From an oil-trading summer internship in Denmark to singing in West Side Story to running track, Lionel Hong ’12 has amassed a world of experience during his four years at Gettysburg College.
Hong, who is about to complete a rigorous degree in economics, humbly gives the credit to a supportive learning community that empowered him to become his best self. “College is a place where you get to explore what you’re good at in an environment where you’re fully supported by people who care about your development and growth,” he said. “What’s special about Gettysburg College is the people we have, who have made me feel that coming here was best choice for me.”
His mentors, however, are quick to point out Hong’s own initiative and dedication. “I have learned a tremendous amount from him,” said Off Campus Studies Director Rebecca Bergren. “When I talk to students about how to best take advantage of all Gettysburg College has to offer, I often use Lionel's experience to illustrate the point.
“Lionel has taken a very ambitious academic path and connected deeply with several faculty members both within his major department and outside it,” Bergren continued. “He studied abroad, completed several internships, worked as part of our residence life staff, participated in studio art, music, and theater, and volunteered his time in formal and informal ways to our community. At the same time, Lionel understands the need for personal time. He allows time to read what interests him, to engage in conversations about important topics, and to listen to others. He is keenly aware of critical issues facing our world today, and he believes we all have a role to play in this global society.”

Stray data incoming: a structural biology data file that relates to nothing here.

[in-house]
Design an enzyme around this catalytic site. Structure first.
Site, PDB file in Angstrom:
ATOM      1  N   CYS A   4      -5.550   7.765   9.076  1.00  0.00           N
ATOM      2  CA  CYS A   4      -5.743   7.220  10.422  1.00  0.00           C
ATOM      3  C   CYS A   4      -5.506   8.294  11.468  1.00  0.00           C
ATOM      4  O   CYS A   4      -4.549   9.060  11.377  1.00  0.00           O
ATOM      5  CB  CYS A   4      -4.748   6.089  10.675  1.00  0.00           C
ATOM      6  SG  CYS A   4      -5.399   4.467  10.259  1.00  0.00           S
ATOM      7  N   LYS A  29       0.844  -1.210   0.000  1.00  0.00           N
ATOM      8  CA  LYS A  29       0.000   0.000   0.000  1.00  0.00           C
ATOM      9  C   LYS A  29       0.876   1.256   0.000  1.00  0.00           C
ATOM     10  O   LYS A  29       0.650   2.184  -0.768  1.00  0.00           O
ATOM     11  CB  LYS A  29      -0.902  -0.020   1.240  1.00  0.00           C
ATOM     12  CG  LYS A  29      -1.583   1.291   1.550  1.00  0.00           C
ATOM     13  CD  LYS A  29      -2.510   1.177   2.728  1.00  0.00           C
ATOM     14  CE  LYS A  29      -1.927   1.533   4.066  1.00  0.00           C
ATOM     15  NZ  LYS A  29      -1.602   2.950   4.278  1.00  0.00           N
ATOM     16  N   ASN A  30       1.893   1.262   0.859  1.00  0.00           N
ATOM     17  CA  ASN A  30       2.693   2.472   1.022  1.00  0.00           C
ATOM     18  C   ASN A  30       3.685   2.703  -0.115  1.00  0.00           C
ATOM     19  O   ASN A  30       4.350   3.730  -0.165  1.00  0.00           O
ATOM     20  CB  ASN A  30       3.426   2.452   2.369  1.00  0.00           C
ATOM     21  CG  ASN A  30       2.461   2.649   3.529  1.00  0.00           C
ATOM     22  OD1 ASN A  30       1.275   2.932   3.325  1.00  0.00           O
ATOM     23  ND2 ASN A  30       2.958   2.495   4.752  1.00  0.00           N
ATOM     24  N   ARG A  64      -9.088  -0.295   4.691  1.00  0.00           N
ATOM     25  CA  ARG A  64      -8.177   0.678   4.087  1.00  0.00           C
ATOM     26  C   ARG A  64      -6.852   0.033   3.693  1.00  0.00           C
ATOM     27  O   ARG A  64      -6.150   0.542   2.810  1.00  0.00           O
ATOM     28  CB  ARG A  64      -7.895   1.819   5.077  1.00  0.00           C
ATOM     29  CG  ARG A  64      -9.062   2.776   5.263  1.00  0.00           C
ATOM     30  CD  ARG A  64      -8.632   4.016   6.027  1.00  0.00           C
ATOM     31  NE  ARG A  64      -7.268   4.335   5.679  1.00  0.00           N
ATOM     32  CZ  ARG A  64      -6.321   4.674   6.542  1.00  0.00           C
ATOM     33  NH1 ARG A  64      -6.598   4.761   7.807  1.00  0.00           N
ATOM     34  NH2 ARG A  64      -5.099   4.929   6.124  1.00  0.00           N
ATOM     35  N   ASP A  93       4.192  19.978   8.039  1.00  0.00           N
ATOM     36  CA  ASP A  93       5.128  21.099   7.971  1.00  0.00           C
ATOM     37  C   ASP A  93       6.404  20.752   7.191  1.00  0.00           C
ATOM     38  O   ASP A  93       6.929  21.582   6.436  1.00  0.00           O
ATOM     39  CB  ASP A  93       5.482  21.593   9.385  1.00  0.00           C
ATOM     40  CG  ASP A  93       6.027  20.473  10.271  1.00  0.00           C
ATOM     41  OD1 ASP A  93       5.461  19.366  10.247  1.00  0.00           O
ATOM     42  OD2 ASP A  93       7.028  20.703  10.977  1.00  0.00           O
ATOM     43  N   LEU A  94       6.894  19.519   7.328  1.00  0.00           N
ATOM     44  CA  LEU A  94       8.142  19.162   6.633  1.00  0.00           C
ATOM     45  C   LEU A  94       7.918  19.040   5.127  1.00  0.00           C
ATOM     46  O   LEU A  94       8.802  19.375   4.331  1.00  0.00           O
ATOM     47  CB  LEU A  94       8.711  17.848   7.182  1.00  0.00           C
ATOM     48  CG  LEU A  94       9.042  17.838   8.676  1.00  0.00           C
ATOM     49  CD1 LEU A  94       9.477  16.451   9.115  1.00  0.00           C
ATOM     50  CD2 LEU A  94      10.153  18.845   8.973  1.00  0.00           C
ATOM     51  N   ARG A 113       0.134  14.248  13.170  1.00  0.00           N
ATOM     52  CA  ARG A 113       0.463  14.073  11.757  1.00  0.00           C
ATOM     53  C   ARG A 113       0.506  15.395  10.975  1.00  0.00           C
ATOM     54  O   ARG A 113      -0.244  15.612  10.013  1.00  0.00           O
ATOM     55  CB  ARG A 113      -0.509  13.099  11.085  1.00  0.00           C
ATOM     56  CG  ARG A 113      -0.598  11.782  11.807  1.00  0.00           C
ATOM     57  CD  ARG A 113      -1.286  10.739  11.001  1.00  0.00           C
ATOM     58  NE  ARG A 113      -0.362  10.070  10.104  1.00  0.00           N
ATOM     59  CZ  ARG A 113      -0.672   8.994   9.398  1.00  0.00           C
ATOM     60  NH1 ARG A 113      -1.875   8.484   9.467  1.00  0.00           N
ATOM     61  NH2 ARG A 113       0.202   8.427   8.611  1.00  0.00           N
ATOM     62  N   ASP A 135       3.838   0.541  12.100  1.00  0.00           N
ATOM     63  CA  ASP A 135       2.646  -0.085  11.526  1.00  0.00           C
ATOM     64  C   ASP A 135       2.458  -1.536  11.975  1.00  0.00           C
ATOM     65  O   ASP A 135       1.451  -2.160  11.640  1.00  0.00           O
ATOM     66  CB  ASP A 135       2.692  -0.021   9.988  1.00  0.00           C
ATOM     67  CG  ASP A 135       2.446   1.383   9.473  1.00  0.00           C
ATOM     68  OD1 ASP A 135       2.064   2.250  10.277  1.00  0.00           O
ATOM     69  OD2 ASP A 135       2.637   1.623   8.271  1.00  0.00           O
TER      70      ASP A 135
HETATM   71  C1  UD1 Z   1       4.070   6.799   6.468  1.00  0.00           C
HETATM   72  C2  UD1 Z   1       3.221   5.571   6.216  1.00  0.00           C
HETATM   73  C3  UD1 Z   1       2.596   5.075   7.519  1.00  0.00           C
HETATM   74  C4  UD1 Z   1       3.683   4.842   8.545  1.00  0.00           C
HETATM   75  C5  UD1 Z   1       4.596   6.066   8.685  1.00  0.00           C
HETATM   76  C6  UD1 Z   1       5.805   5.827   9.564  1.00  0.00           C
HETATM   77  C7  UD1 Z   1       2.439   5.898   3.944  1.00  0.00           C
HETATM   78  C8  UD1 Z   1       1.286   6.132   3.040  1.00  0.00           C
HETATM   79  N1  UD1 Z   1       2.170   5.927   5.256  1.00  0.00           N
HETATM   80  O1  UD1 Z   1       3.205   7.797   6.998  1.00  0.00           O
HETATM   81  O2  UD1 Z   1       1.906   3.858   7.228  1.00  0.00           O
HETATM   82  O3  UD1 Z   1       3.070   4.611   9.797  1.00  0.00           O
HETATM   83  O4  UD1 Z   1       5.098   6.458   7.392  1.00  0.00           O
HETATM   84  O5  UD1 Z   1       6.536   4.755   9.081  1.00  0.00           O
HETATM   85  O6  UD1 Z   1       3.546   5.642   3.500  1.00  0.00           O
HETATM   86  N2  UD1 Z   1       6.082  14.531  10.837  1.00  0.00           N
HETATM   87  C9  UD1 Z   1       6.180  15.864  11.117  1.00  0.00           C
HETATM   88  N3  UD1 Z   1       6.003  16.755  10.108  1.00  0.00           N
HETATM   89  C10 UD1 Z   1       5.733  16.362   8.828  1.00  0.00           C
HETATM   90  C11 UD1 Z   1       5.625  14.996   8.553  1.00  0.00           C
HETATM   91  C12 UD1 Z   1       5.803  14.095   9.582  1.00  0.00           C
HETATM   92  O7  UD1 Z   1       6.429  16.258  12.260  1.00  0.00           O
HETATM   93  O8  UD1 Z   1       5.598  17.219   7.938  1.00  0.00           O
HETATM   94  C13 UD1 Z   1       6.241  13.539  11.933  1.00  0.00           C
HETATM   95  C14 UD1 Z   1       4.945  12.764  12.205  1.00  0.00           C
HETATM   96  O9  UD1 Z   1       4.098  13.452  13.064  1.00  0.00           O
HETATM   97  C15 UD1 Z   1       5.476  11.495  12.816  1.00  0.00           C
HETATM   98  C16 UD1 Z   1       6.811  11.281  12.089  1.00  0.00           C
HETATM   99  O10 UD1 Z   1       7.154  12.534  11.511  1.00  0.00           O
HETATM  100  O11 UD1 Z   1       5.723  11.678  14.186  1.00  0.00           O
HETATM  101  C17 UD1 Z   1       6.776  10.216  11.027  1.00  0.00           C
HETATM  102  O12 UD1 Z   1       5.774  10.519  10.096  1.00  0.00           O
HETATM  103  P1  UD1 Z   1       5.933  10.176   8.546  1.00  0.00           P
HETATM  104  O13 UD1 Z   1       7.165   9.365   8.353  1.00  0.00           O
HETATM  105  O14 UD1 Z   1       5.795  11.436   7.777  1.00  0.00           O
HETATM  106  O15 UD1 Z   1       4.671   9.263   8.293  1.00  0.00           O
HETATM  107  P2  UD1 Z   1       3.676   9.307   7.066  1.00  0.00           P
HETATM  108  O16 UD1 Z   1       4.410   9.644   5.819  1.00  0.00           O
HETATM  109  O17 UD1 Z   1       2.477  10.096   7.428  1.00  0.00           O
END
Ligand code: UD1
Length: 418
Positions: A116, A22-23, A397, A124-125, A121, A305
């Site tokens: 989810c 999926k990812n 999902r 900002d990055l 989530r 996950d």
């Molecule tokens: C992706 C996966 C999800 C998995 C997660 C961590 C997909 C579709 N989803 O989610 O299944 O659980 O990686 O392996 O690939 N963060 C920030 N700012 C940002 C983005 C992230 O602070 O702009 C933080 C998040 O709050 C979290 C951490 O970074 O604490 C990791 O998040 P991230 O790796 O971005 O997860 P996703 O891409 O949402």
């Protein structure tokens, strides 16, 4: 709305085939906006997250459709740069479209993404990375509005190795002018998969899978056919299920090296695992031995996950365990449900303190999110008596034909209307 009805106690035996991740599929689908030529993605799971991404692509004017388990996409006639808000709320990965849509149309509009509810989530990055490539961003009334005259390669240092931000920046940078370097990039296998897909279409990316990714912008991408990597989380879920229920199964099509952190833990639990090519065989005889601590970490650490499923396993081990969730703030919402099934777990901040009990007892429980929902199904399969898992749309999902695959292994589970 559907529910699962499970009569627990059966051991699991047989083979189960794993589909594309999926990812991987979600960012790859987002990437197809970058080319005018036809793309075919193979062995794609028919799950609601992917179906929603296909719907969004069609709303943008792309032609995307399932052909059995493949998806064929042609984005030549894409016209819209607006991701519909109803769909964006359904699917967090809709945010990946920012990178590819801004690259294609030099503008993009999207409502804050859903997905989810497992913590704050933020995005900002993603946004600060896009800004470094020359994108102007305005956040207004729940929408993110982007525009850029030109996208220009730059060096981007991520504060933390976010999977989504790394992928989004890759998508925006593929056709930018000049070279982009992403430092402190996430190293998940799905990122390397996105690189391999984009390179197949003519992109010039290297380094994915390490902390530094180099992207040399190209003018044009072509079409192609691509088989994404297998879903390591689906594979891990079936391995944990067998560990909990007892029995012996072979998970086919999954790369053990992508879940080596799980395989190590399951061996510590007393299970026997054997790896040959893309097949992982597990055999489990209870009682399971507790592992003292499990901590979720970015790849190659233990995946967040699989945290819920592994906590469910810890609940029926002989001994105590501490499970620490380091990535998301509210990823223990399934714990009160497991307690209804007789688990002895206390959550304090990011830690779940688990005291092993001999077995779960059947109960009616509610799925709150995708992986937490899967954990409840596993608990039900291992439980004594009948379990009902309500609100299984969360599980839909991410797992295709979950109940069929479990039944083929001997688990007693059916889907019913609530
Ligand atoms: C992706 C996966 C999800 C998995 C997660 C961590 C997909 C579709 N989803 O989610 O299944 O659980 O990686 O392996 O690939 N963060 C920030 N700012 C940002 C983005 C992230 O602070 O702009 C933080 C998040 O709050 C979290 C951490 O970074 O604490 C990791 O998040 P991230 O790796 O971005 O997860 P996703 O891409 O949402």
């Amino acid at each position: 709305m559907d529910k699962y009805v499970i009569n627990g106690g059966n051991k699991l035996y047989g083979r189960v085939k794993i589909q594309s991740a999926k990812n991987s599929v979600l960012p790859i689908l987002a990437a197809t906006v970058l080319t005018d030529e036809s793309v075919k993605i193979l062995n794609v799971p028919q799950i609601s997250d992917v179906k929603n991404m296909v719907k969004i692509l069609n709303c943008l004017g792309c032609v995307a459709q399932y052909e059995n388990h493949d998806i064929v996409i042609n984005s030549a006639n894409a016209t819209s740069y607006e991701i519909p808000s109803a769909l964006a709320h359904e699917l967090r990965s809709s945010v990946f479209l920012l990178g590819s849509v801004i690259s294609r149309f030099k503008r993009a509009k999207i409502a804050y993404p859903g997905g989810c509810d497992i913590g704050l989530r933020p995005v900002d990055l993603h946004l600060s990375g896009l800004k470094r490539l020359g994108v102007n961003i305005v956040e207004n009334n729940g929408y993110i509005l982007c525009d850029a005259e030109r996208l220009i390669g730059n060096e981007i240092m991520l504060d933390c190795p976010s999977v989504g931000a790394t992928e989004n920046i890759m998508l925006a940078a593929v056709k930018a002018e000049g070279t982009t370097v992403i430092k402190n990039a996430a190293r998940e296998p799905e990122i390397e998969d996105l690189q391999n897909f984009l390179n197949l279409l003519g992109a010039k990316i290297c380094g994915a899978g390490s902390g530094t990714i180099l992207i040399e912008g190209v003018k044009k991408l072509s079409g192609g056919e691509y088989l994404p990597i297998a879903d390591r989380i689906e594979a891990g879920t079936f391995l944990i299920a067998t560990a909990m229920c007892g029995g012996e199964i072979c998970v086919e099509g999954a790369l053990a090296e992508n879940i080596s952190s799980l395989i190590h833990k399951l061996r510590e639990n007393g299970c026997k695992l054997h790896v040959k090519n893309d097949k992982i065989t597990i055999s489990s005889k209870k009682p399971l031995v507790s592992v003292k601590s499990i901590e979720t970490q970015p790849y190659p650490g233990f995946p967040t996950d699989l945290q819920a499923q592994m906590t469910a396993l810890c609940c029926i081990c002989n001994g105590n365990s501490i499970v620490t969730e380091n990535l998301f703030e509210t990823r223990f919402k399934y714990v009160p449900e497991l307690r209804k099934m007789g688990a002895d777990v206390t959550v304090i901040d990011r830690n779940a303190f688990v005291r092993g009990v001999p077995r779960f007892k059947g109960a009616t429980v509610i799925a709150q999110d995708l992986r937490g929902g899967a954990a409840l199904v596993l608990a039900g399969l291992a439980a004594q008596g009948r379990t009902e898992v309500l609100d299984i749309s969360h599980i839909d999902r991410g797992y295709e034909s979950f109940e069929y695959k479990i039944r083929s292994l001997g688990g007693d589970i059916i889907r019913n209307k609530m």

Hong, originally from Beijing, was able to broaden his own global role thanks to another of his mentors, 2007 Gettysburg grad Jesper Odum Rosenkrans, who offered him a summer internship at Maersk Oil Trading in Copenhagen. There, Hong did everything from analyzing energy prices to implementing data transfer protocols for ships at sea to developing and launching a corporate website. The internship exemplified Gettysburg College’s extensive career network: Hong was introduced to Rosenkrans by Robert Kallin, the College’s vice president of development relations, who was in Denmark to observe the study-abroad program Hong was completing.
Many further networking opportunities arose — including some surprises that were light-years away from energy trading. “Lionel originally came to the College’s Center for Career Development (CCD) to discuss his interests in economics and finance, and he became involved in networking events and other activities where he could meet alumni and parents in those fields,” said CCD Director Kathy Williams. “So it was a surprise when he applied to attend the Los Angeles career immersion trip a year ago. However I learned that Lionel also is a very gifted vocalist and had actually considered pursuing a career in theater, hence his interest in learning about careers in film, television, and entertainment. After spending a week with him and the other students as we traveled from site visit to site visit, I also learned that Lionel is a great cook, a very good athlete, and even a bit of a comedian. Every time I have a conversation with Lionel, I learn something new about him, and I think he definitely embodies a well-rounded and liberally educated student.”